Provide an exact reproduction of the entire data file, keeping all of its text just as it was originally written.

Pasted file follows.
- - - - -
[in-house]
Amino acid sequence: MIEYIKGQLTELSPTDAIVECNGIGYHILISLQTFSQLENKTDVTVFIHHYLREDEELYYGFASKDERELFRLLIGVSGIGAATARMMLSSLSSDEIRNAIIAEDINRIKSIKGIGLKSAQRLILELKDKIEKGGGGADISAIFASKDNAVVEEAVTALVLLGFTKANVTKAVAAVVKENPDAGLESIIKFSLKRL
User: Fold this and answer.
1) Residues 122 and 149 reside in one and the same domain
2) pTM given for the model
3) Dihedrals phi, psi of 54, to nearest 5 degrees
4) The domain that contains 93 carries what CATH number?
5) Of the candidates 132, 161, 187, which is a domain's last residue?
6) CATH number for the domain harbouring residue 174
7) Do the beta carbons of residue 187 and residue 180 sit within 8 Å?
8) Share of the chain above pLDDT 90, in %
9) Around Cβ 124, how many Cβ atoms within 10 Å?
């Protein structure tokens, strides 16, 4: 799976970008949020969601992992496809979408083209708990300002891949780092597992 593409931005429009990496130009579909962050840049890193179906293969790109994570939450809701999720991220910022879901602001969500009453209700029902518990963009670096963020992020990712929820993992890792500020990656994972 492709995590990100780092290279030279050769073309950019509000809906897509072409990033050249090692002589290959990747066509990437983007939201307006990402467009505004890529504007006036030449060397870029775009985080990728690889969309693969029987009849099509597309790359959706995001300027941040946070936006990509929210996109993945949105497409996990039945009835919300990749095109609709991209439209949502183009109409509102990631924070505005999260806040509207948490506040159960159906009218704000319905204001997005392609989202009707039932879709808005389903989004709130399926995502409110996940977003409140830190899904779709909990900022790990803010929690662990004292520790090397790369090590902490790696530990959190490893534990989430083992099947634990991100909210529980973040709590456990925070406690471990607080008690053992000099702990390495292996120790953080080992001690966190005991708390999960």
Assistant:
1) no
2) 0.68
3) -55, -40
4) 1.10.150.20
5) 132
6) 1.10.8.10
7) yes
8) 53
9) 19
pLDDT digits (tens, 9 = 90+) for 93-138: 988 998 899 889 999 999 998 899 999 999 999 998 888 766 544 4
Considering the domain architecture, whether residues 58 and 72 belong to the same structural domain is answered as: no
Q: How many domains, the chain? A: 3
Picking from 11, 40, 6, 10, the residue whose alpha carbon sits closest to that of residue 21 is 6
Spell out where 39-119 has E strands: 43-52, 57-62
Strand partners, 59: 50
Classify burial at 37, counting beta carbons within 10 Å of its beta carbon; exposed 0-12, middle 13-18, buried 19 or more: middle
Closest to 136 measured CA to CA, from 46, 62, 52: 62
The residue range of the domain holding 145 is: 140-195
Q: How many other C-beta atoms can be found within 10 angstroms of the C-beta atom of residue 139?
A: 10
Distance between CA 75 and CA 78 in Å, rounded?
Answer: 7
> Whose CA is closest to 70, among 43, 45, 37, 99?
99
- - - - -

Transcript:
[in-house]
Amino acid sequence: MIEYIKGQLTELSPTDAIVECNGIGYHILISLQTFSQLENKTDVTVFIHHYLREDEELYYGFASKDERELFRLLIGVSGIGAATARMMLSSLSSDEIRNAIIAEDINRIKSIKGIGLKSAQRLILELKDKIEKGGGGADISAIFASKDNAVVEEAVTALVLLGFTKANVTKAVAAVVKENPDAGLESIIKFSLKRL
User: Fold this and answer.
1) Residues 122 and 149 reside in one and the same domain
2) pTM given for the model
3) Dihedrals phi, psi of 54, to nearest 5 degrees
4) The domain that contains 93 carries what CATH number?
5) Of the candidates 132, 161, 187, which is a domain's last residue?
6) CATH number for the domain harbouring residue 174
7) Do the beta carbons of residue 187 and residue 180 sit within 8 Å?
8) Share of the chain above pLDDT 90, in %
9) Around Cβ 124, how many Cβ atoms within 10 Å?
């Protein structure tokens, strides 16, 4: 799976970008949020969601992992496809979408083209708990300002891949780092597992 593409931005429009990496130009579909962050840049890193179906293969790109994570939450809701999720991220910022879901602001969500009453209700029902518990963009670096963020992020990712929820993992890792500020990656994972 492709995590990100780092290279030279050769073309950019509000809906897509072409990033050249090692002589290959990747066509990437983007939201307006990402467009505004890529504007006036030449060397870029775009985080990728690889969309693969029987009849099509597309790359959706995001300027941040946070936006990509929210996109993945949105497409996990039945009835919300990749095109609709991209439209949502183009109409509102990631924070505005999260806040509207948490506040159960159906009218704000319905204001997005392609989202009707039932879709808005389903989004709130399926995502409110996940977003409140830190899904779709909990900022790990803010929690662990004292520790090397790369090590902490790696530990959190490893534990989430083992099947634990991100909210529980973040709590456990925070406690471990607080008690053992000099702990390495292996120790953080080992001690966190005991708390999960």
Assistant:
1) no
2) 0.68
3) -55, -40
4) 1.10.150.20
5) 132
6) 1.10.8.10
7) yes
8) 53
9) 19
pLDDT digits (tens, 9 = 90+) for 93-138: 988 998 899 889 999 999 998 899 999 999 999 998 888 766 544 4
Considering the domain architecture, whether residues 58 and 72 belong to the same structural domain is answered as: no
Q: How many domains, the chain? A: 3
Picking from 11, 40, 6, 10, the residue whose alpha carbon sits closest to that of residue 21 is 6
Spell out where 39-119 has E strands: 43-52, 57-62
Strand partners, 59: 50
Classify burial at 37, counting beta carbons within 10 Å of its beta carbon; exposed 0-12, middle 13-18, buried 19 or more: middle
Closest to 136 measured CA to CA, from 46, 62, 52: 62
The residue range of the domain holding 145 is: 140-195
Q: How many other C-beta atoms can be found within 10 angstroms of the C-beta atom of residue 139?
A: 10
Distance between CA 75 and CA 78 in Å, rounded?
Answer: 7
> Whose CA is closest to 70, among 43, 45, 37, 99?
99